Pinoy uses music therapy to make US seniors feel young
“Do you know the capital of the Philippines?” barked activity coach Rafael Muniz III to a hall where more than 40 elderly adults were standing, waiting to sweat it out.
They hollered, “Manila!”
Rafael Muniz III with student Marilyn Montal, who described him as 'wonderful!' The FilAm
That was Rafael’s signal to turn on the Hotdog hit “Manila” which began slowly, “Maraming beses na kitang nilayasan.” When the song turned snappy, the seniors kicked into motion: a sway of the hips, a shoulder shimmy, some uncoordinated footwork, and a lot of arms stretching.
Music therapy is part of Rafael’s activity for members of the Rockland County’s senior community. These are elderly individuals whose ages range from 70s to 90s, some with dementia conditions, some recovering from surgery, some with a lot of time and work out in Rafael’s class instead of being lonely and staying bored in their homes.
Three days a week, this family man from Hackensack, New Jersey travels 30 miles to the Jewish Community Campus (JCC) in West Nyack where he engages the seniors in a lively physical activity inspired by the movements of Tai Chi, Yoga, and Zumba. His music is a mix of genres, fusing hip hop (Beyonce’s “Single Ladies”) with mellow (Josh Groban’s “You Raise Me Up”) and dance party beats like “Manila” or the “Chicken Dance.”
“I call it Yo-chi-ba,” chuckled Rafael proud of his self-coined portmanteau. “I don’t know how to dance, but I can motivate people to dance.”
“He is just wonderful,” raved Marilyn Montal, 84, a former administrator at NYC Social Services office. This widow takes the bus to attend Rafael’s class three times a week, where she said she feels “alive.”
Rafael works for the Friedwald Adult Day Center in New City, New York as an activity professional. He brings his brand of music therapy to all 15 senior facilities supported by Friedwald Center. Rafael is the only Filipino in this vast network of senior communities across Rockland County.
“They can be anywhere from senior housing, assisted living facilities, adult communities, or nursing homes,” said Blimy Reich, program director of the Friedwald Center. “Rafael’s therapy is unique. It is fun and there is a medical aspect to it.”
Rafael, 54, came to the US in 2002 on a religious visa. He left behind a steady sales and marketing position with an automobile company to join a Christian ministry in Jersey City led by a Filipino bishop. He also left behind a wife and three sons. Through the Association of Christian Evangelists, his assignment was to minister to senior adults.
“For eight years before I was able to get my family, I was involved in the ministry for old people,” he said when interviewed by The FilAm.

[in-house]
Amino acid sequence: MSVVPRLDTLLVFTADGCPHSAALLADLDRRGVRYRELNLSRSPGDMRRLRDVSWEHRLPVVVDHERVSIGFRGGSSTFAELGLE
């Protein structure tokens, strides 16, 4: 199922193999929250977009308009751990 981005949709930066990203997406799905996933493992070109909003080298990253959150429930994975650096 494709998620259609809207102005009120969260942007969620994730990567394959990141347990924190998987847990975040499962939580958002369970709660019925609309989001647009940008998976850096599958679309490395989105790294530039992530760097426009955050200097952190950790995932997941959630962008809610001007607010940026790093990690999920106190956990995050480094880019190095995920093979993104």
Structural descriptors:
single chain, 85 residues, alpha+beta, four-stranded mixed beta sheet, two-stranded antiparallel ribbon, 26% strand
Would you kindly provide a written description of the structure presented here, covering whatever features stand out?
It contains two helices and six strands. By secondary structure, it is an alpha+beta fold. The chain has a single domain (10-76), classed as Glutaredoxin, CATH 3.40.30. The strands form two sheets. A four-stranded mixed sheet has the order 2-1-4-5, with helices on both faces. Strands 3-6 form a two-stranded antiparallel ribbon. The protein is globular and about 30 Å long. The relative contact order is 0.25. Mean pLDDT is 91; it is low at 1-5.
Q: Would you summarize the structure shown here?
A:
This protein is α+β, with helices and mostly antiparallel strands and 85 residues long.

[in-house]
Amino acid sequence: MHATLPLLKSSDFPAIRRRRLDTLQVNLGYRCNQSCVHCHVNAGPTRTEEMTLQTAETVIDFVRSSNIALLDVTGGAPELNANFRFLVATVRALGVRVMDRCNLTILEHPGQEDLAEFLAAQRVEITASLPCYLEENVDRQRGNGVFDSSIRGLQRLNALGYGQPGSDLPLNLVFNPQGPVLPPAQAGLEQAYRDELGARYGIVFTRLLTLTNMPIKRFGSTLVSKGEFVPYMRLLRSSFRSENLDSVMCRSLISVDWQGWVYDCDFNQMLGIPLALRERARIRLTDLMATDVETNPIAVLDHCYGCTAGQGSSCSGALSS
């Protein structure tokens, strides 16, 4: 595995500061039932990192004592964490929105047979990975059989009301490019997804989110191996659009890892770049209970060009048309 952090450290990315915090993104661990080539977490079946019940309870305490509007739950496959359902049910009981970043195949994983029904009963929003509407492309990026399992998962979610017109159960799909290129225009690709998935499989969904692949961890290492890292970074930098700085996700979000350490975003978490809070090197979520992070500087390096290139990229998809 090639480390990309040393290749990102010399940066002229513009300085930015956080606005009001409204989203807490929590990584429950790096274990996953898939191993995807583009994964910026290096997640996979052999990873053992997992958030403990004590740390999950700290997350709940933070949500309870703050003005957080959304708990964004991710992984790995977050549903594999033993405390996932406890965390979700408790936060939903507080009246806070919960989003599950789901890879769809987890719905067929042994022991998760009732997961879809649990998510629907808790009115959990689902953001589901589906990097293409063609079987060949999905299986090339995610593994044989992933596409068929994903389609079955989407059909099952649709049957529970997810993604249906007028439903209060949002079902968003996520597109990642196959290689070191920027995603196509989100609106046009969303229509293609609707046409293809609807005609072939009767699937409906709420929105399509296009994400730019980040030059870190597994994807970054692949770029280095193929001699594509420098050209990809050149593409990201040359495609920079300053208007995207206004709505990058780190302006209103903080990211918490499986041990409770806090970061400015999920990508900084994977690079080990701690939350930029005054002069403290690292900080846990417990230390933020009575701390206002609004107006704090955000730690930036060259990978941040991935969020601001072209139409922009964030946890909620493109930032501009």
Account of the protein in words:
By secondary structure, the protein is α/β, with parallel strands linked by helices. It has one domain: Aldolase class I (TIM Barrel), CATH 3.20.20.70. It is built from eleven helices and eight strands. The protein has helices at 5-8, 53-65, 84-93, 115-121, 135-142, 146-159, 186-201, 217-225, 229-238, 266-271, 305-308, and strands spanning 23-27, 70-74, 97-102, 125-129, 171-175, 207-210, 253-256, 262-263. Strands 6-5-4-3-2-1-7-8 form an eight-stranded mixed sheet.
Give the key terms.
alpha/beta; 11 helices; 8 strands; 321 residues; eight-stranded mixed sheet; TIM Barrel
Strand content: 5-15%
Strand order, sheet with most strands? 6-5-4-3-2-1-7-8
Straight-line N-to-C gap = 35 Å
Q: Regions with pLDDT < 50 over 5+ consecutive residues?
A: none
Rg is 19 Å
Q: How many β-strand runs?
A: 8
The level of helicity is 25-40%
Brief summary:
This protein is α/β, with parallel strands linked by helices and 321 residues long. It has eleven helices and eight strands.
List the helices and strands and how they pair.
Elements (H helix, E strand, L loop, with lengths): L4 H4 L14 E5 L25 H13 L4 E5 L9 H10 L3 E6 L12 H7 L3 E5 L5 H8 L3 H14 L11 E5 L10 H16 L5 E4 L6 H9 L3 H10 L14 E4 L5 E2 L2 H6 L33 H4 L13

Eight years may be a long time, but it did not take that long for Rafael to appreciate the company of older Americans. His rapport with them and his easygoing nature made him a good fit as a recreational assistant in a nursing home. In this role, he introduced the use of music as part of recreational activity. Routine, tedious exercises became fun, enjoyable dancing when music was played. One of the proprietors at Friedwald Center saw how Rafael was able to motivate the seniors to bend, twist, and stretch their limbs as he switched from slow to hip hop to jazz music.
“I am not a dancer, I have no training in dancing,” said Rafael, a Business graduate from a Manila university.
Seeing the effectiveness of his music therapy, he began to watch YouTube for more creative movements. At Friedwald Center rehabilitation facility where medical treatment, counselling, and social recreation are part of a resident’s comprehensive care, Rafael is aware that his therapy must mean more than just seniors having fun. He should make sure it supports their care plans. His 30-minute sessions are relaxed and friendly, nothing too abrupt or strenuous. Students that cannot sustain standing up for 30 minutes may perform the movements sitting down. Like many Filipino professionals working in health care, he treats his students with caring attention and affection.
“He’s a natural,” Blimy said of Rafael. She has seen, she said, how fond the students are of him. Rafael is gratified. He finds fulfillment in a job where his managers and his students appreciate his work.
On Memorial Day, he and his JCC seniors broke into a flash mob at the Palisades Center, drawing applause and cheers from families, friends, and holiday shoppers. The grannies and grandpas were grooving to Sam Smith’s dreamy-paced “Stay with Me,” switching to Bruno Mars’ brisk “Uptown Funk” and some Jewish hora dance music like “Shalom Aleichem.”
A woman regretted missing the flash mob as she recuperated from surgery but promised to return to Rafael’s class once her foot heals completely. “I can’t wait to go back. I need to feel exhilarated again.” —The FilAm